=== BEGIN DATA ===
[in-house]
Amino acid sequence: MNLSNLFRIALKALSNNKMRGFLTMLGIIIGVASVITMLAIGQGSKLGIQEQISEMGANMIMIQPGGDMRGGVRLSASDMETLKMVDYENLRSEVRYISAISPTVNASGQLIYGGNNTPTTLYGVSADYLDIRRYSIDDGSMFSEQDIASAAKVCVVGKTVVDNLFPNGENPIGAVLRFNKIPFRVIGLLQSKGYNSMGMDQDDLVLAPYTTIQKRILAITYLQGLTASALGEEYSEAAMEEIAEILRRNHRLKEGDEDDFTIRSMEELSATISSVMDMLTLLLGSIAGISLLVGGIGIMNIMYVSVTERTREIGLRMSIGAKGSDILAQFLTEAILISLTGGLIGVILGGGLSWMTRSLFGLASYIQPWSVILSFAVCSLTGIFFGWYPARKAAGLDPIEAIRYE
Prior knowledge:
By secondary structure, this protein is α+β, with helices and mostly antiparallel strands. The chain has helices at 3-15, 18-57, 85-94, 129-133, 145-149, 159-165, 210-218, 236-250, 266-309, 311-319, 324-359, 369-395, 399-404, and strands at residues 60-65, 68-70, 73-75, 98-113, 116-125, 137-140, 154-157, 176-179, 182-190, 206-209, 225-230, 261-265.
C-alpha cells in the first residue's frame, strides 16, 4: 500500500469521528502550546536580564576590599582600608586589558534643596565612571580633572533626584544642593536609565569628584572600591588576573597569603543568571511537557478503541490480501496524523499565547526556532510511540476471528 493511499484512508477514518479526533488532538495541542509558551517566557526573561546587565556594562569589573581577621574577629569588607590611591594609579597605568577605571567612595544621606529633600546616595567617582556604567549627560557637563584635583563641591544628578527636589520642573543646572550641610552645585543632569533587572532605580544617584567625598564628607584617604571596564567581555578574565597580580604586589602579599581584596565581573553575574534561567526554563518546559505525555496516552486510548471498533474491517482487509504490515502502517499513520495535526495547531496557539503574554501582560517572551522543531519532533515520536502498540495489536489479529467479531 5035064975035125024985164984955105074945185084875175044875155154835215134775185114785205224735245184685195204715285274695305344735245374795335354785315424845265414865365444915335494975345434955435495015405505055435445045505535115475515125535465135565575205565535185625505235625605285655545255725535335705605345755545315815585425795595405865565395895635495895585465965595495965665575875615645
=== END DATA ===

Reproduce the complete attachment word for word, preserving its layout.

[in-house]
Amino acid sequence: MNLSNLFRIALKALSNNKMRGFLTMLGIIIGVASVITMLAIGQGSKLGIQEQISEMGANMIMIQPGGDMRGGVRLSASDMETLKMVDYENLRSEVRYISAISPTVNASGQLIYGGNNTPTTLYGVSADYLDIRRYSIDDGSMFSEQDIASAAKVCVVGKTVVDNLFPNGENPIGAVLRFNKIPFRVIGLLQSKGYNSMGMDQDDLVLAPYTTIQKRILAITYLQGLTASALGEEYSEAAMEEIAEILRRNHRLKEGDEDDFTIRSMEELSATISSVMDMLTLLLGSIAGISLLVGGIGIMNIMYVSVTERTREIGLRMSIGAKGSDILAQFLTEAILISLTGGLIGVILGGGLSWMTRSLFGLASYIQPWSVILSFAVCSLTGIFFGWYPARKAAGLDPIEAIRYE
Prior knowledge:
By secondary structure, this protein is α+β, with helices and mostly antiparallel strands. The chain has helices at 3-15, 18-57, 85-94, 129-133, 145-149, 159-165, 210-218, 236-250, 266-309, 311-319, 324-359, 369-395, 399-404, and strands at residues 60-65, 68-70, 73-75, 98-113, 116-125, 137-140, 154-157, 176-179, 182-190, 206-209, 225-230, 261-265.
C-alpha cells in the first residue's frame, strides 16, 4: 500500500469521528502550546536580564576590599582600608586589558534643596565612571580633572533626584544642593536609565569628584572600591588576573597569603543568571511537557478503541490480501496524523499565547526556532510511540476471528 493511499484512508477514518479526533488532538495541542509558551517566557526573561546587565556594562569589573581577621574577629569588607590611591594609579597605568577605571567612595544621606529633600546616595567617582556604567549627560557637563584635583563641591544628578527636589520642573543646572550641610552645585543632569533587572532605580544617584567625598564628607584617604571596564567581555578574565597580580604586589602579599581584596565581573553575574534561567526554563518546559505525555496516552486510548471498533474491517482487509504490515502502517499513520495535526495547531496557539503574554501582560517572551522543531519532533515520536502498540495489536489479529467479531 5035064975035125024985164984955105074945185084875175044875155154835215134775185114785205224735245184685195204715285274695305344735245374795335354785315424845265414865365444915335494975345434955435495015405505055435445045505535115475515125535465135565575205565535185625505235625605285655545255725535335705605345755545315815585425795595405865565395895635495895585465965595495965665575875615645